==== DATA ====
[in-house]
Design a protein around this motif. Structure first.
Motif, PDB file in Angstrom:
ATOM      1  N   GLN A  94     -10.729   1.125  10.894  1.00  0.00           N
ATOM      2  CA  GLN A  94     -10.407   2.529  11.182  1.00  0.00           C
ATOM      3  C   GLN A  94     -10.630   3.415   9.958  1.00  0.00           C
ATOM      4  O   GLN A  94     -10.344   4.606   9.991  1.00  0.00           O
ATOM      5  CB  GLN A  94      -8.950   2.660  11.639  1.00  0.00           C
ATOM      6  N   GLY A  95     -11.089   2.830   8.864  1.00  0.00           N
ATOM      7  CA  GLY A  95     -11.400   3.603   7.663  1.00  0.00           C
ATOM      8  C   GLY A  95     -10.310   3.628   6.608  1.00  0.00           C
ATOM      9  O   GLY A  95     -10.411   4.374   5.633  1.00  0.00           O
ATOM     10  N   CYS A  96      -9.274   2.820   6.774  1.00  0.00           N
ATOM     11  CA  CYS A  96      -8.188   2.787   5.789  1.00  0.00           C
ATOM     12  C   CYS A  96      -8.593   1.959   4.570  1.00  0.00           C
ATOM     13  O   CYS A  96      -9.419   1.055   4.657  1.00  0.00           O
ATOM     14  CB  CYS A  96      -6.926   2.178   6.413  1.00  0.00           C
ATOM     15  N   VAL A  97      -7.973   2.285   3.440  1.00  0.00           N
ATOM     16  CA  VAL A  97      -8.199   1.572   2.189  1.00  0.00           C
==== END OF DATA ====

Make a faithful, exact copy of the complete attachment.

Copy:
[in-house]
Design a protein around this motif. Structure first.
Motif, PDB file in Angstrom:
ATOM      1  N   GLN A  94     -10.729   1.125  10.894  1.00  0.00           N
ATOM      2  CA  GLN A  94     -10.407   2.529  11.182  1.00  0.00           C
ATOM      3  C   GLN A  94     -10.630   3.415   9.958  1.00  0.00           C
ATOM      4  O   GLN A  94     -10.344   4.606   9.991  1.00  0.00           O
ATOM      5  CB  GLN A  94      -8.950   2.660  11.639  1.00  0.00           C
ATOM      6  N   GLY A  95     -11.089   2.830   8.864  1.00  0.00           N
ATOM      7  CA  GLY A  95     -11.400   3.603   7.663  1.00  0.00           C
ATOM      8  C   GLY A  95     -10.310   3.628   6.608  1.00  0.00           C
ATOM      9  O   GLY A  95     -10.411   4.374   5.633  1.00  0.00           O
ATOM     10  N   CYS A  96      -9.274   2.820   6.774  1.00  0.00           N
ATOM     11  CA  CYS A  96      -8.188   2.787   5.789  1.00  0.00           C
ATOM     12  C   CYS A  96      -8.593   1.959   4.570  1.00  0.00           C
ATOM     13  O   CYS A  96      -9.419   1.055   4.657  1.00  0.00           O
ATOM     14  CB  CYS A  96      -6.926   2.178   6.413  1.00  0.00           C
ATOM     15  N   VAL A  97      -7.973   2.285   3.440  1.00  0.00           N
ATOM     16  CA  VAL A  97      -8.199   1.572   2.189  1.00  0.00           C